Why the jitteriness? Because until now, bank failures in China have been unknown, as Chinese banks are considered to operate under an implicit guarantee from the government. That is changing. Which is why the rumor mill is on overdrive:
“It’s true that these rumours exist, but actually (the bank going bankrupt) is impossible. It’s a completely different situation from the problem with the cooperatives,” said Zhang Chaoyang, an official at the propaganda department of the Communist Party committee in Tinghu district, where the bank branch is located.
And Bear Stearns is fine…
Zhang was referring to an incident that rattled depositors in Yancheng in January, when some rural cooperatives — which are not subject to the supervision of the bank regulator — ran out of cash and locked their doors. Local officials say several co-op bosses fled after committing fraud.
China’s central bank governor said this month that deposit rates are likely to liberalised in one to two years – the most explicit timeframe to date for what would be the final step in freeing up banks to set their own interest rates.
It is widely expected to introduce a deposit insurance scheme before freeing up deposit rates, to protect savers in case a liberalised market puts major strains on smaller banks and alarms the public. Analysts also expect the controls on deposit rates to be lifted gradually. Is China’s debt nightmare a province called Jiangsu?
Why are bank runs like these only set to accelerate? Simple – unlike the US China has zero deposit insurance. Reuters expplains:
The case highlights the urgency of plans to put in place a deposit insurance system to protect investors against bank insolvency, as Chinese grow increasingly nervous about the impact of slowing economic growth on financial institutions.
Regulators have said they will roll out deposit insurance as soon as possible, without giving a firm deadline.
In the meantime, there are always helpful investor relations people willing to explain calmly just what is going on:
When contacted by Reuters by phone on Tuesday, an official at the Jiangsu Sheyang Rural Commercial Bank branch hung up, saying she was busy.
Others were even more helpful:
An official at the administrative office at Jiangsu Sheyang Rural Commercial Bank said the bank would publish a statement shortly. On its website, the bank says it is capitalised at 525 million yuan and had total deposits of 12 billion yuan as of end-February,
Officials at the Jiangsu branch offices of the China Banking Regulatory Commission (CBRC) declined to comment. The Yancheng branch of CBRC and the propaganda offices in Yancheng city and Sheyang county did not answer calls seeking comment.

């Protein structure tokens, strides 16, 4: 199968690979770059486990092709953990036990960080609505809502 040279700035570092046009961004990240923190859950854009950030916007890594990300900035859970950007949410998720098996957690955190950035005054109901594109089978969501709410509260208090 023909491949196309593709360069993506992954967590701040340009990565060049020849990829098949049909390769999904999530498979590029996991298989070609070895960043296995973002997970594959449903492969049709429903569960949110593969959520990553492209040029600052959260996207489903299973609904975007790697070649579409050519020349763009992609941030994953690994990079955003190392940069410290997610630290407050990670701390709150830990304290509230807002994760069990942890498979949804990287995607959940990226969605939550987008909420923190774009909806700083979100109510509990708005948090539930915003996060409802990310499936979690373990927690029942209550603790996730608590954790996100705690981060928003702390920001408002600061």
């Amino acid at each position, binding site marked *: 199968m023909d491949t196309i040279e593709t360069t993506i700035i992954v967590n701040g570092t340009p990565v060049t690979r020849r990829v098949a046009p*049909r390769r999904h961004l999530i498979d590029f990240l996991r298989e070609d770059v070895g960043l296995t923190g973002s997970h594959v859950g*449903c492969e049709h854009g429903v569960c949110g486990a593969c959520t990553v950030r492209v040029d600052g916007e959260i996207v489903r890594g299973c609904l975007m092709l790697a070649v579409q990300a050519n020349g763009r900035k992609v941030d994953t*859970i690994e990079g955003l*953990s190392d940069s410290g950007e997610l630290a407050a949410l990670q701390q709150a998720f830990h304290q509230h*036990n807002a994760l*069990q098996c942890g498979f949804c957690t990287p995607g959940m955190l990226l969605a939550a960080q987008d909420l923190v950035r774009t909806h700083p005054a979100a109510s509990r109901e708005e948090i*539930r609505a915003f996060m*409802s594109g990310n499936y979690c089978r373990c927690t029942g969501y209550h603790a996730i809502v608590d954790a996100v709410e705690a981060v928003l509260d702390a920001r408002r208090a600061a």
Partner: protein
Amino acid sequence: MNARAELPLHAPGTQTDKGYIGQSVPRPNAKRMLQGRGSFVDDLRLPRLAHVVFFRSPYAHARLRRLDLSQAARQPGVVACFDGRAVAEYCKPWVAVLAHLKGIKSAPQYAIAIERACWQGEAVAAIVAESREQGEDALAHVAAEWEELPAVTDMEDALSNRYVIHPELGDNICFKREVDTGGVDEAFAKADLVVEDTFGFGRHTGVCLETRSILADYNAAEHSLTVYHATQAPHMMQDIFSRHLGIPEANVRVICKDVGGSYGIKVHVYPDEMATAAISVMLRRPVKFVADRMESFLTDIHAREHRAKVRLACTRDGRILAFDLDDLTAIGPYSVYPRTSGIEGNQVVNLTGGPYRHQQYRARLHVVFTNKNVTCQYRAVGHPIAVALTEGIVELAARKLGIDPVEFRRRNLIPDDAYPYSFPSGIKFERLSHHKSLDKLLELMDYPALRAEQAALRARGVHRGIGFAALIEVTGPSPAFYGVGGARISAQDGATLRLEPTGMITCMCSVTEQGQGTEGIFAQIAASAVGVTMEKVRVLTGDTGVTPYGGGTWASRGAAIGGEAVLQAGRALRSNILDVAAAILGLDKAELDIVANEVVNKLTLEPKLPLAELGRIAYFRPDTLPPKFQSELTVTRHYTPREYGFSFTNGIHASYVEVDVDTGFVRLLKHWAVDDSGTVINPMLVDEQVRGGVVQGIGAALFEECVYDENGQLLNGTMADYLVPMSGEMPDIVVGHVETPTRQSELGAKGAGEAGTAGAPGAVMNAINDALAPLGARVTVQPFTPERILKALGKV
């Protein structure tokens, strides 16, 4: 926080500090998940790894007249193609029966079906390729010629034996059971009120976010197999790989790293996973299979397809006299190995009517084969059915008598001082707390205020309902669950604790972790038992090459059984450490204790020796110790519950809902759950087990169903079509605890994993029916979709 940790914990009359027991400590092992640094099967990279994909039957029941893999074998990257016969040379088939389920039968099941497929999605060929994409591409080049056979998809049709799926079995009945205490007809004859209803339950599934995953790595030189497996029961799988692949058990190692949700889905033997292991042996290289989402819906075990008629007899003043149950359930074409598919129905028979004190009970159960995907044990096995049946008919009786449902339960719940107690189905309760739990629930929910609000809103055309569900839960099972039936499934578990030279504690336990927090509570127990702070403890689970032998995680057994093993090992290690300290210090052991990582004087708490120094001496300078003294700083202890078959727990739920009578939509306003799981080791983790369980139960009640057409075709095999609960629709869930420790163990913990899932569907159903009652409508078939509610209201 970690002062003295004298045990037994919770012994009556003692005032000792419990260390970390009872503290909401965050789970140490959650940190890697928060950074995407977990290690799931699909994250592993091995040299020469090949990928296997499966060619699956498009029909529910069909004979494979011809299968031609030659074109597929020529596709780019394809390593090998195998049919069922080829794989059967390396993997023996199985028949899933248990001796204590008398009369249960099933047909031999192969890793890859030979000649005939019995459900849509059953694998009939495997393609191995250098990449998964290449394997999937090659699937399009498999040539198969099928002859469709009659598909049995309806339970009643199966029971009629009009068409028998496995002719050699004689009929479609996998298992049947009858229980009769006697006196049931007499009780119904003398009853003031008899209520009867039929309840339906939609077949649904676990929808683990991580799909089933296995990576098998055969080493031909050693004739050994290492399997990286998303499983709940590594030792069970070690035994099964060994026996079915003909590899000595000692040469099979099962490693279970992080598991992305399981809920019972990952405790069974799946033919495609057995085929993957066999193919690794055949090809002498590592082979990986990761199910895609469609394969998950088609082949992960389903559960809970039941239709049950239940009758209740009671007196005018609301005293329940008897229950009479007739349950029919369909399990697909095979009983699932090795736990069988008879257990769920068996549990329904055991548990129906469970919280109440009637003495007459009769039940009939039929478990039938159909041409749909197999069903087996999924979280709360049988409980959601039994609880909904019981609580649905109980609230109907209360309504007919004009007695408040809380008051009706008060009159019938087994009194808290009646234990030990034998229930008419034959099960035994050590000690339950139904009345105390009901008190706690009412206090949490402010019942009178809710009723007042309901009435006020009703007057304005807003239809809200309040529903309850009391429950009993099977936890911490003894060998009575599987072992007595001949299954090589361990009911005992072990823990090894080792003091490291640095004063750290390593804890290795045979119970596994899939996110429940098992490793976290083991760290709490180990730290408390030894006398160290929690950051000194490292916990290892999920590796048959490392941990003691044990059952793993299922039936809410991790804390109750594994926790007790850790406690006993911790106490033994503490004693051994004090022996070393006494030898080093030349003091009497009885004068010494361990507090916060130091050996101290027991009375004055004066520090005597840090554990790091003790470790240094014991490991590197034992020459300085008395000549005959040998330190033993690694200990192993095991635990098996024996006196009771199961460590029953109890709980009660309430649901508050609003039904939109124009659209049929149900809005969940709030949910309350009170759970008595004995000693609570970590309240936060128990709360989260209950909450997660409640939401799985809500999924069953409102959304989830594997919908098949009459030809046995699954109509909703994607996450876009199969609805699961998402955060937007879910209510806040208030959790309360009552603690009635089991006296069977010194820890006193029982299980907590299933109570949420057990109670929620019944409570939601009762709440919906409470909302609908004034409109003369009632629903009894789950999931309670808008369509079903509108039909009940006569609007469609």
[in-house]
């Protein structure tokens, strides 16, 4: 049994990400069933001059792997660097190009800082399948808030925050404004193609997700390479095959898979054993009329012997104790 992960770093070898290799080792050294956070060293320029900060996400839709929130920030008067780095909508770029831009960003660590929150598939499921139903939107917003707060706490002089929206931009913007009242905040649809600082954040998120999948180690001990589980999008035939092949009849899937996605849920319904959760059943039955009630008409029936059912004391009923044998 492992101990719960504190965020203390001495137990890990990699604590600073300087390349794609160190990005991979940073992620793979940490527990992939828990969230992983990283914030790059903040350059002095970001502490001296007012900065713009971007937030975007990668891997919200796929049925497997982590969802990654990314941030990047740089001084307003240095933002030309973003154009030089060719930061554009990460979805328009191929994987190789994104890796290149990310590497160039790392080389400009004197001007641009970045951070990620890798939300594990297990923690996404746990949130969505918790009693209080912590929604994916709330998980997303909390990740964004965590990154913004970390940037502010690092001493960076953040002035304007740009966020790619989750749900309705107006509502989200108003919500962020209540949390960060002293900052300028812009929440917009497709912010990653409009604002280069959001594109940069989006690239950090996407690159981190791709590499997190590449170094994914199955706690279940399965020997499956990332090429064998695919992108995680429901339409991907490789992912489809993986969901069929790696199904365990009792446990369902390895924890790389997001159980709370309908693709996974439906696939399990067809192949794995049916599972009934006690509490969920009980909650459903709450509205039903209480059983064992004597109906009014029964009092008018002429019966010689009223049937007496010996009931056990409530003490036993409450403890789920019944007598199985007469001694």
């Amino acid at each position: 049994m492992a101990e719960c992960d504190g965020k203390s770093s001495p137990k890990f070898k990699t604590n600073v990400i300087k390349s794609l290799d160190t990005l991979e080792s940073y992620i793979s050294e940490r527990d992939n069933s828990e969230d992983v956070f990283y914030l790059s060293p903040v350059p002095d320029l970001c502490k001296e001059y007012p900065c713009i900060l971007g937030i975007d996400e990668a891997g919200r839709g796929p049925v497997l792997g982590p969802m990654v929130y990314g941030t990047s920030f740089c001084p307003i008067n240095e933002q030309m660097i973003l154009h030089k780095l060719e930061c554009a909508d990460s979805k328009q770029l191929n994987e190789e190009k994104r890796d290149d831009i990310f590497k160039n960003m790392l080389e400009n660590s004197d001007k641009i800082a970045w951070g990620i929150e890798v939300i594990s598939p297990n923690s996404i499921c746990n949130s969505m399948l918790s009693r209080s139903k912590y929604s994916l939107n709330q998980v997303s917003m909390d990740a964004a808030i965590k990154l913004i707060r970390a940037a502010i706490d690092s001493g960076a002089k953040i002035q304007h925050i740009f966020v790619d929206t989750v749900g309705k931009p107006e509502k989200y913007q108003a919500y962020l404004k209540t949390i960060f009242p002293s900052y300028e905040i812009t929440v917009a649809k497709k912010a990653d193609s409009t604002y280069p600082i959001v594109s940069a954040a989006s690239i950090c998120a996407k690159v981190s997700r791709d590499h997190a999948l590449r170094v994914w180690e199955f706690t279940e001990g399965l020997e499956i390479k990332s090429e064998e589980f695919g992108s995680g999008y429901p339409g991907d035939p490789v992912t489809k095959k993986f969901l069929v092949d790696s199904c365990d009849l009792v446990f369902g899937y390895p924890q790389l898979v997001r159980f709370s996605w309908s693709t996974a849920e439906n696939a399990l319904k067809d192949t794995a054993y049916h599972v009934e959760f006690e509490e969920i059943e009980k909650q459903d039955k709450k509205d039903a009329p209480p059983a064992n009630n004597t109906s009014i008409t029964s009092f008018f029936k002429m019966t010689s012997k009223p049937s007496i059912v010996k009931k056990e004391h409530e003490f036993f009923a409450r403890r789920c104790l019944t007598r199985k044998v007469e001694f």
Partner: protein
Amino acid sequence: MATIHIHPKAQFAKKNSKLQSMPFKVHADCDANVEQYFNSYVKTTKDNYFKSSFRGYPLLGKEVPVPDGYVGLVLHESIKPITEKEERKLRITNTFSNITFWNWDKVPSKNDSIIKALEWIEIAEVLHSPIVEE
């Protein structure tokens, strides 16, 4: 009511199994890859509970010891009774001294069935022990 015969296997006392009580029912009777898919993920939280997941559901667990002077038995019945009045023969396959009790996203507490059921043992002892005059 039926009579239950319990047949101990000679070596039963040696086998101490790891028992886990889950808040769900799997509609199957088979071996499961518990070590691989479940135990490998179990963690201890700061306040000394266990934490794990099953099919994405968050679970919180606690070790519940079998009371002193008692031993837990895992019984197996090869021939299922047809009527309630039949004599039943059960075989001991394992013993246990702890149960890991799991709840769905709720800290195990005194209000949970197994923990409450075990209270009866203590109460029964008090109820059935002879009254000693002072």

Busy or not, for now, the banks may have survived following yet more capital infusions from the local government, but what happens when the default wave that has claimed solar, coal, and real estate developers finally impacts a deposit-holding institution? How will China – which has far more total deposits within its banking system than in the US (since the US banks fund themselves mostly using ultra-short term, overnight shadow funding) – survive a nationwide bank run we wonder?
NEW DELHI: As the US and Europe try to isolate Moscow over its action in Crimea, Russian President Vladimir Putin’s trusted lieutenant Igor Sechin today courted top Indian officials, offering to ship its vast crude oil reserves and stakes in oil and gas acreages.
Sechin, who heads Rosneft, Russia’s biggest oil company, led a delegation of about two-dozen officials to meet Oil Secretary Saurabh Chandra seeking to expand ties with New Delhi.
“India is a very important country for Russia. We have a very efficiently run project with ONGC…now we want to expand our cooperation,” Sechin told PTI after the meeting.
The Russian state oil major offered Oil and Natural Gas Corp (ONGC) a stake in nine offshore oil and gasblocks in the Barents Sea and one in the Black Sea.
“We are (also) looking at supplying crude oil to Indian refineries,” he said, adding that Rosneft produces 200 million tons of crude oil a year.
Moscow is courting India to counter moves by the US and Europe to isolate it for annexing Crimea from Ukraine. Sechin was in Tokyo last week to broaden ties with Japan.
India does not have a firm contract to import crude oil from Russia. It gets a small volumes once in a while from ONGC’s Sakhalin-1 project in Far East Russia.
Indian officials said logistics need to be worked out to import oil from Rosneft’s fields.
“We may have to lay some pipelines to transport the crude. We have decided to form a working group to study how this can progress,” an official said.
Of the blocks offered in the Barents Sea, OVL found five were not lucrative. Of the remaining four, it would like to participate in two. It will decide on the other two once Rosneft makes available data by June.
Rosneft had previously offered ONGC a stake in the Magadan 2 and Magadan 3 exploration blocks in the northern part of the Sea of Okhotsk, which the Indian firm is studying.
Many people have a weird obsession with homeownership.
When it comes to buying a house, they are willing to overlook, or even completely throw out, a bunch of financial values and principles they claim to hold dear.
The unfortunate truth is, for many middle-class folks, buying a house is often a very silly financial decision, especially if they are young (in their 20s or early 30s), or have a low net worth.
A well diversified portfolio